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Escape Room Review: “Annabelle” Is Decent but Isn’t as Scary as Hyped

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Annabelle

C

A horror-themed escape room based on the real-life story of a possessed doll named Annabelle.

The Good
  • Most of the puzzles are satisfyingly designed
  • One particular scare is done extremely well
  • Large room with inventive moments
The Bad
  • Not as scary as advertised
  • Not enough scares throughout the hour
  • Poor set design detracts from the ambience

If there’s one thing I can’t get enough of, it’s horror. I just love the feeling of tension and uneasiness that horror brings to the table.

So when the WhatNerd crew was down in Melbourne, Australia and I got word that there was a place called Lost in Melbourne that did horror-themed escape rooms, I rounded up the rest of the team, picked the room listed as the scariest, and locked in a time slot.

The scariest room is themed around Annabelle, the possessed doll from The Conjuring films. However, the game’s host was quick to point out that the room is based around the real-life story of Annabelle that the movie was inspired by, NOT the movie itself.

While I’ve done quite a few escape rooms, this is the first horror-themed room I’ve had the opportunity to try, and since I’m a big fan of The Conjuring movies, it’s needless to say that my hype levels were off the charts.

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The Good

Most of the puzzles in the Annabelle escape room are difficult, well-designed, and layered in ways that make you think outside of the box. They’re not all perfect, but for the most part, the puzzles are satisfying and they make you feel like you accomplished something when you get through it.

A key aspect of a good escape room is having puzzles that aren’t too obtuse that the players can’t figure out what the creators want them to do, while still being difficult enough to not be obvious. Annabelle does a good job of walking that line for the most part.

Without going into specifics, there are a few puzzles that are downright inventive throughout the room, including some that make you communicate with the other members of your group in some interesting and unexpected ways.

Jackson Chung, Emma Roth, Dave LeClair, Joel Lee, and Kannon Yamada

Another part of the room that deserves some praise is one particular scare. I’m generally not a jumpy person when it comes to horror movies and haunted houses, but there was one scare in Annabelle that did make me jump and got my heart racing. A pleasant surprise for this old horror veteran!

I was also impressed with the physical size of the room compared to most escape rooms I’ve done. The large footprint allowed the designers to get creative with the aforementioned puzzles, and that’s definitely one aspect that most stands out about the room.

The Bad

Unfortunately, there are quite a few negatives to the Annabelle escape room that make it not live up to its promises.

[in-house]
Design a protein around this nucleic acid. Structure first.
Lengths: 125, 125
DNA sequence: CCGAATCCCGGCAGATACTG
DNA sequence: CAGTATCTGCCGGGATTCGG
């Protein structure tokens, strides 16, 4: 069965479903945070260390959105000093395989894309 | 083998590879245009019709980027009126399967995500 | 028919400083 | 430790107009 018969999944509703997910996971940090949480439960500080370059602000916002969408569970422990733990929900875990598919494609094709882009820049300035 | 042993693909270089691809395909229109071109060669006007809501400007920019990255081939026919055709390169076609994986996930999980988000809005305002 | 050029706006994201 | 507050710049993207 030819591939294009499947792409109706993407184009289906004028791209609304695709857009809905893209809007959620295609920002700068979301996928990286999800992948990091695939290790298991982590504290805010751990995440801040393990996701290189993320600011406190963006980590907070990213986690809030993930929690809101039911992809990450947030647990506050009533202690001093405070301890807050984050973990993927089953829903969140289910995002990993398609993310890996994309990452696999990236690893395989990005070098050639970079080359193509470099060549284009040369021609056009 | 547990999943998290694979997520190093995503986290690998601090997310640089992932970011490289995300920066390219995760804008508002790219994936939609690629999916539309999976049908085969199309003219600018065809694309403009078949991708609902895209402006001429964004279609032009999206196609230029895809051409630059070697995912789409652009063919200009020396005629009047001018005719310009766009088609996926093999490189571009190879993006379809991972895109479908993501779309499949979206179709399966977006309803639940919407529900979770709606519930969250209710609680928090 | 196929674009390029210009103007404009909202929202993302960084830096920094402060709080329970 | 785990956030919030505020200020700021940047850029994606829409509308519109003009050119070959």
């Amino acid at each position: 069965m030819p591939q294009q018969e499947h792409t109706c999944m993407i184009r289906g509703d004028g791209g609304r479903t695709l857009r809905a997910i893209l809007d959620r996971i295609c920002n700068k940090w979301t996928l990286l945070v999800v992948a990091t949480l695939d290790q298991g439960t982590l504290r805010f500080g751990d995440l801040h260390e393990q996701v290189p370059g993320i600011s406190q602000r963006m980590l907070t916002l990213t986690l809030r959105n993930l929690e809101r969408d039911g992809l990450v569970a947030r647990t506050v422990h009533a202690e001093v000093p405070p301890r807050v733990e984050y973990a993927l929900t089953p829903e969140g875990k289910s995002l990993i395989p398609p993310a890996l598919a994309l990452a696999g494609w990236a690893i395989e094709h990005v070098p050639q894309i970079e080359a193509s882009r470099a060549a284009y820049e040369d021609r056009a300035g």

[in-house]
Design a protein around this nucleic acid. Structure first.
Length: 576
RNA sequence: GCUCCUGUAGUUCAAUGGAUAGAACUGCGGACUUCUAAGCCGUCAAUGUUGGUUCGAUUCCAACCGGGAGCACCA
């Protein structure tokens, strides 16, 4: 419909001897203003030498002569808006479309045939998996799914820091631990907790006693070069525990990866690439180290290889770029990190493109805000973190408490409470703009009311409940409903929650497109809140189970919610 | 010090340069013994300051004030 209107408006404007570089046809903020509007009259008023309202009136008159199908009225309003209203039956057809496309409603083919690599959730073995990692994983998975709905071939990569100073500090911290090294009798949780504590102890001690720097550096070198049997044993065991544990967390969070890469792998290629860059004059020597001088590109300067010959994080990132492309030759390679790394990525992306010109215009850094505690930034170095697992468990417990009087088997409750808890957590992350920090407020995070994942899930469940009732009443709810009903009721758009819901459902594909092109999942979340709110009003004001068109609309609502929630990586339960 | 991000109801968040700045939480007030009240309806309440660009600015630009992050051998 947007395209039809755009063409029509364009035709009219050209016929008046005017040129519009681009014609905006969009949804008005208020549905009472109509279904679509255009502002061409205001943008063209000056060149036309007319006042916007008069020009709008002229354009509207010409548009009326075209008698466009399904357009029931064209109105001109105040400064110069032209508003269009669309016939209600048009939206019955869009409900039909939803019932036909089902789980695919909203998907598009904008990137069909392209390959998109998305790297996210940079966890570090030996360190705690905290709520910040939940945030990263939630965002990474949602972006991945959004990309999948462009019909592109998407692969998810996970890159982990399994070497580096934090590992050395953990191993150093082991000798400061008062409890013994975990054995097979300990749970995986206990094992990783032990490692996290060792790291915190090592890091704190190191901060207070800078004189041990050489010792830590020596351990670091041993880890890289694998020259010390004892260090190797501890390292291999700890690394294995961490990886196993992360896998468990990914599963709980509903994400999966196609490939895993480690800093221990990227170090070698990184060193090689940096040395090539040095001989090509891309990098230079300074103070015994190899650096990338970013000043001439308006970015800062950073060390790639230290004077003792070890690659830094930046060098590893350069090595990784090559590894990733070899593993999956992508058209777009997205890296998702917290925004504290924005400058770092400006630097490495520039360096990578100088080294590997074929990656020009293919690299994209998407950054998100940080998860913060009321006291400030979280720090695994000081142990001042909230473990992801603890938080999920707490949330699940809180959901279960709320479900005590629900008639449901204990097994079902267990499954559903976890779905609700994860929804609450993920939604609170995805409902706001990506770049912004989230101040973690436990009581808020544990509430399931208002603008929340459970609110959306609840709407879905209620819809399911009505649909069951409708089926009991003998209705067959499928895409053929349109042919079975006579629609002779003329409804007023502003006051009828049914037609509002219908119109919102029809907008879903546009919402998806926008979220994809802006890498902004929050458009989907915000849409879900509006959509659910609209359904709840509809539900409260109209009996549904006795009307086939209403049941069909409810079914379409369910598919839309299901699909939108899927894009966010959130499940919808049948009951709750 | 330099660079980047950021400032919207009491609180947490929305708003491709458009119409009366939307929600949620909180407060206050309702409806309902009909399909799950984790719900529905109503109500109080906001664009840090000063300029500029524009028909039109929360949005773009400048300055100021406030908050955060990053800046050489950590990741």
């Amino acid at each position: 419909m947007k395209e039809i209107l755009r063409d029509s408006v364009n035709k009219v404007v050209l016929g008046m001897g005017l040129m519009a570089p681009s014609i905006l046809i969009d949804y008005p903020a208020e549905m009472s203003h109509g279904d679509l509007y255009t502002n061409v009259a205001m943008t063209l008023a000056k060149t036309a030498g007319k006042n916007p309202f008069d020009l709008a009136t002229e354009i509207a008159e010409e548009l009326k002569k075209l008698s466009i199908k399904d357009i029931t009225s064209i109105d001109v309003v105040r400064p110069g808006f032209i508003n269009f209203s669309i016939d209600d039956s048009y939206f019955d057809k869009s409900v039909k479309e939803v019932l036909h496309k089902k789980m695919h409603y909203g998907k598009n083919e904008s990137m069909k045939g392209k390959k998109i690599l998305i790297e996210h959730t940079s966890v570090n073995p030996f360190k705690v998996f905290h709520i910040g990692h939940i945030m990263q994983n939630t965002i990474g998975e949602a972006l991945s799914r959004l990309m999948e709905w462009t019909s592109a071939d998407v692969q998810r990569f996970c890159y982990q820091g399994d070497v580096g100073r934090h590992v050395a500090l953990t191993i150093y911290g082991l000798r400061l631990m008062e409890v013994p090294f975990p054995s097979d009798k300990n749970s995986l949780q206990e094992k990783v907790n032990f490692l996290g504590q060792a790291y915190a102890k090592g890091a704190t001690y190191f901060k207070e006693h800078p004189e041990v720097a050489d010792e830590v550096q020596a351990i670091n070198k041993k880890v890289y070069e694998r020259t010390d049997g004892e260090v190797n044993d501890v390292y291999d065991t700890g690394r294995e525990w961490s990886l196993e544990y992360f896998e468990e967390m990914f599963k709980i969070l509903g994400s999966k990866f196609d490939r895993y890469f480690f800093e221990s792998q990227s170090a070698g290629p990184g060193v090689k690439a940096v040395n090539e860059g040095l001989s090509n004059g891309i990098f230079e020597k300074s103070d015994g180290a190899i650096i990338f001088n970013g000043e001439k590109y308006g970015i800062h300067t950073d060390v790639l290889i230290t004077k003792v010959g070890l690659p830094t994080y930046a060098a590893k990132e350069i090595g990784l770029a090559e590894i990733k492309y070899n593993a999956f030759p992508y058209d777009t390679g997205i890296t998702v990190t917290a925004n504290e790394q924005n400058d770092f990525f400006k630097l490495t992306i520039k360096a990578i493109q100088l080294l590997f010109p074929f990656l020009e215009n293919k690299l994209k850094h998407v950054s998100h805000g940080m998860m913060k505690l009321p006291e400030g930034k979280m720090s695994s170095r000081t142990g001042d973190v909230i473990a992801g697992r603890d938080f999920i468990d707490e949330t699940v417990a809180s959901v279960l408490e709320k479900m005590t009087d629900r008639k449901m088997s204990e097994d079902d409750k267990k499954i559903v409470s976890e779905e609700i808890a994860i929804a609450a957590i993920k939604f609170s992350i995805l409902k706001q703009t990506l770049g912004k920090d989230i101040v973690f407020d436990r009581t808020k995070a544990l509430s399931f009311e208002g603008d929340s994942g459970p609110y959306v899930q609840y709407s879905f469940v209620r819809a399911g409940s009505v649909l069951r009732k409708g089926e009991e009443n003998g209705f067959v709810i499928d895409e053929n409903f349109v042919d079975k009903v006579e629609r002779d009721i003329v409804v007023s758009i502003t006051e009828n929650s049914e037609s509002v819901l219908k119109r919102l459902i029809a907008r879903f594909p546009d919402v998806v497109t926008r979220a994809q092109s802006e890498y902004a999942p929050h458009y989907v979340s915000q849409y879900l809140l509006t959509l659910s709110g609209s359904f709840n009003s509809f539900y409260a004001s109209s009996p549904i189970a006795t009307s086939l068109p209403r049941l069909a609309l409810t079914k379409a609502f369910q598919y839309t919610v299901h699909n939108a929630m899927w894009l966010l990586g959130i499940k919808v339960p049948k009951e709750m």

For me, the issues started with the very first puzzle. The solution isn’t obvious enough, and there’s a red herring thrown in that doesn’t add much—if anything—to the experience. Red herrings can be okay if the actual solution is apparent and the red herring isn’t something that can easily be confused for the actual solution, but in this case, it left our group of escape room veterans stumped for far too long to no benefit.

Additionally, the first part of the escape room, which ultimately sets the tone for the room going forward, lacks the ambience that would make it feel truly scary. For example, visible speakers in the room? Hiding them would have made the lightning crashes and other spooky sounds more immersive and intense. It’s little details like this that shift escape rooms from good to great, especially in horror-themed escape rooms that rely on atmosphere to deliver the intended experience.

For a room that was sold as the scariest in Melbourne, it just didn’t feel scary enough, and the actual scares seemed few and far between. Our own Emma Roth, who was terrified before going into the room, didn’t seem particularly scared at all once the room got going.

While some of the scares did hit, it would have been nice to see more of them throughout the hour to really keep the heart rate up.

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The Rest

As far as value, Lost in Melbourne offers rates that are competitive with other escape rooms in the area, starting at AUD$49 per person for a group of two, down to AUD$42 per person for a group of five or more. For a room with a 60-minute time limit, this is on par with what we’ve grown to expect from the Melbourne market.

There aren’t many horror-themed escape rooms in Melbourne right now, so Lost in Melbourne has the market locked down at the moment. Hopefully its success will cause other horror-themed escape games to launch in the area, which will spur competition and force all of the rooms to be better.

In the end, Annabelle wasn’t a bad escape room, but there are a few flaws that kept it from being a next-level experience. Still, the inventive puzzles and solid scares are worth doing, as long as you go into the room knowing that it probably won’t scare your pants off.

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